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Piano Quartet in A,

Piano Quartet in B flat
Op 41.
Touchwood Piano Quartet.
ASV CD QS 6241 (DDD) [67.05]

Crotchet  Amazon UK  Amazon USA  Bargain price

The performances are exquisite, technically secure, stylistically correct, very warm and mellow. There is a compelling innocence and open-air feel about them.

The recording and balance is also exemplary. The usual problem of Piano Quartets is to avoid their being concertoes. The engineers at the Banif centre in Canada have excelled themselves.

Duncan Reid's notes are also very good. His insight into Chausson's childhood is very perceptive.

As for the music, it is very pleasant, a trifle long-winded in the Chausson and, to quote David Drew's classic remark it is melodic nullity. There is nothing that really grips you although the music is therapeutic, relaxing and calming. There is also the operatic sensuality in the Chausson; the music is often very tender and slightly erotic. It is a young man's music although he was 42 when he wrote it and already married. Two years later he was killed in a bicycle accident.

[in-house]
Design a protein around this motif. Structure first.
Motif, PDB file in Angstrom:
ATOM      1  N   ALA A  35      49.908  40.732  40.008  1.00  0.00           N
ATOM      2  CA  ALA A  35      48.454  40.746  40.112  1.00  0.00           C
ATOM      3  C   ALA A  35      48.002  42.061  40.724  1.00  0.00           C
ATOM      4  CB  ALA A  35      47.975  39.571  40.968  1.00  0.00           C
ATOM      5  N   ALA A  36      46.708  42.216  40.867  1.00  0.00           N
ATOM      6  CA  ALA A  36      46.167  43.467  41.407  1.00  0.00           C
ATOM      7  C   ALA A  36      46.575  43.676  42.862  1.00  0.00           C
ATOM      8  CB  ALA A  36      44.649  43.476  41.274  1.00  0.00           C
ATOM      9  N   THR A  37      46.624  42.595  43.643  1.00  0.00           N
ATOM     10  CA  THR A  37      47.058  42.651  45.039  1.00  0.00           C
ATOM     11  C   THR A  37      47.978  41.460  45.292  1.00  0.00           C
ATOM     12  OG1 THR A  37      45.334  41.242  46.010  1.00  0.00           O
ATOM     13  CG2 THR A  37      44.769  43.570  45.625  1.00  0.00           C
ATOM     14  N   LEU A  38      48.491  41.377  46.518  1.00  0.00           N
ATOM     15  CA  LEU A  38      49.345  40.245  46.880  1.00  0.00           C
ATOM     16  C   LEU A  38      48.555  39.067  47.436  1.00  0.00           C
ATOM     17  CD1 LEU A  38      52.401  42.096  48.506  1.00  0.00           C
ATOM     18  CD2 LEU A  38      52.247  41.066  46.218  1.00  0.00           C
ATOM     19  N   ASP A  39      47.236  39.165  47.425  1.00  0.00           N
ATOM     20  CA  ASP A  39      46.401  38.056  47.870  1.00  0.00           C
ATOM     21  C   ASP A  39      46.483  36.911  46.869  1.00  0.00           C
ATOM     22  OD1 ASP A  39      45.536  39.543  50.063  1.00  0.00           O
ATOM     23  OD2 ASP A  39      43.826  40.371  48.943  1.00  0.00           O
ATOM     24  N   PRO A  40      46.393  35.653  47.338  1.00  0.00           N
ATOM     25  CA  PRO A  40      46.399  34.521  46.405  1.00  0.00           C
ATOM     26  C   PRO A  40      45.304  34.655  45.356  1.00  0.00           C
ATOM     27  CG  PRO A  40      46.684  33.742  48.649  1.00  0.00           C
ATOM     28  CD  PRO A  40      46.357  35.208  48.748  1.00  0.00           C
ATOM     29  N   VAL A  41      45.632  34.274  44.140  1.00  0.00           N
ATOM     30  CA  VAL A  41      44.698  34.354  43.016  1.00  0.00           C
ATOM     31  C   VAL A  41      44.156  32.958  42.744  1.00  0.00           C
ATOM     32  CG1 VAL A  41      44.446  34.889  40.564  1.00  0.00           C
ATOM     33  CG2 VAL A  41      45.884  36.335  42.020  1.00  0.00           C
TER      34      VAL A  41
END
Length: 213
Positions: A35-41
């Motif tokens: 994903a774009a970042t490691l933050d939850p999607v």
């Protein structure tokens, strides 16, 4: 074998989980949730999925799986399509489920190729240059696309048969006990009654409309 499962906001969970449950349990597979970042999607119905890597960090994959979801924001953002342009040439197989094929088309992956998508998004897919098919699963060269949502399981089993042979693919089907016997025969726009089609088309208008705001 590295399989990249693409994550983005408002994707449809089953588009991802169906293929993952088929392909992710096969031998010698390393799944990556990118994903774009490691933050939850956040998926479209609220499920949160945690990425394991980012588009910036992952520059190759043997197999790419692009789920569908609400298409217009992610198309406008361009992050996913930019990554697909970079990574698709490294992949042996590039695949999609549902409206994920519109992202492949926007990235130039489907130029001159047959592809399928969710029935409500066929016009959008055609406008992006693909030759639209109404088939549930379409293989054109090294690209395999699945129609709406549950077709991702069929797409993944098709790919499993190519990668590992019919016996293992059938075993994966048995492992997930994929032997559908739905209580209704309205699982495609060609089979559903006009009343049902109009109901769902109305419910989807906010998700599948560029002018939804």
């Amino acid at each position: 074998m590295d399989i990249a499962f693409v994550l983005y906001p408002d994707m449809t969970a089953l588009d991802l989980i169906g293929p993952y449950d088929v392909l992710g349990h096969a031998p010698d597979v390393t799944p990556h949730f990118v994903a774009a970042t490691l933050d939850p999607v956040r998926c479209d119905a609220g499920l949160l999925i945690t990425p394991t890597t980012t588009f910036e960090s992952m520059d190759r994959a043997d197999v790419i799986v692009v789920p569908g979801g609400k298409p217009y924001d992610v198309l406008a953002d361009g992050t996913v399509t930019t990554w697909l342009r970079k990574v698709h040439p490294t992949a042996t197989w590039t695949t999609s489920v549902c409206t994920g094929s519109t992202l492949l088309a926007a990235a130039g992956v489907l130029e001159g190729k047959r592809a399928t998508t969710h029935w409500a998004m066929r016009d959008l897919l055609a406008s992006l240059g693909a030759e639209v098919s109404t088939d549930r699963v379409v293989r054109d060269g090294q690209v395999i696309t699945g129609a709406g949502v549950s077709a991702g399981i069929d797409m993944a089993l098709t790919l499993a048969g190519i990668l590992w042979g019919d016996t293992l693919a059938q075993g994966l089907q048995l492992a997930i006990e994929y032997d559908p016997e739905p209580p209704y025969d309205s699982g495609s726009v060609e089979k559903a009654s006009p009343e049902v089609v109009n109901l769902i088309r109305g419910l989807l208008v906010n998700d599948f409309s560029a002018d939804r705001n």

It was the peaceful countryside near Annechy in the summer that inspired this work. Once can visualise young adults on picnics with sunshine in their faces. Moustached young men admiring girls in long white dresses and straw hats and the droning of bees. It is all here in the Chausson. But what is noteable is that Chausson does not have the compositional weaknesses of his teacher, Franck, who, when he did not know what to do next, which was often the case, repeated the main theme yet again!

Astute listeners will see how Debussy was influenced by Chausson.

The Saint-Saëns is more classical in design and was written with the violinist Sarasate as well as himself in mind hence the cadenzas for the violin and the piano. Structurally, it is the better work but it is less original being heavily influenced by two great composers that fascinated him... Mendlessohn and Liszt. Saint-Saëns work is not like the hot lazy sexy summer of Chausson's glowing piece but a moody day of calm one moment and stormy clouds the next. The Saint-Saëns of the Danse Macabre is not far away. For me, the work is let down by the double fugue in the finale which classical formula is at odds with the quasi-nationalistic and romantic style Saint-Saëns is working in. The finale of the Chausson is far better since it maintains its stylistic confidence although, occasionally, it loses its way.

But the musical detectives among you should listen with care to the final minutes of the Chausson. Does the calm rippling stream portend the change of season? Or is there something else to consider'? I think so.

Beautifully played and recorded.


David Wright




David Wright



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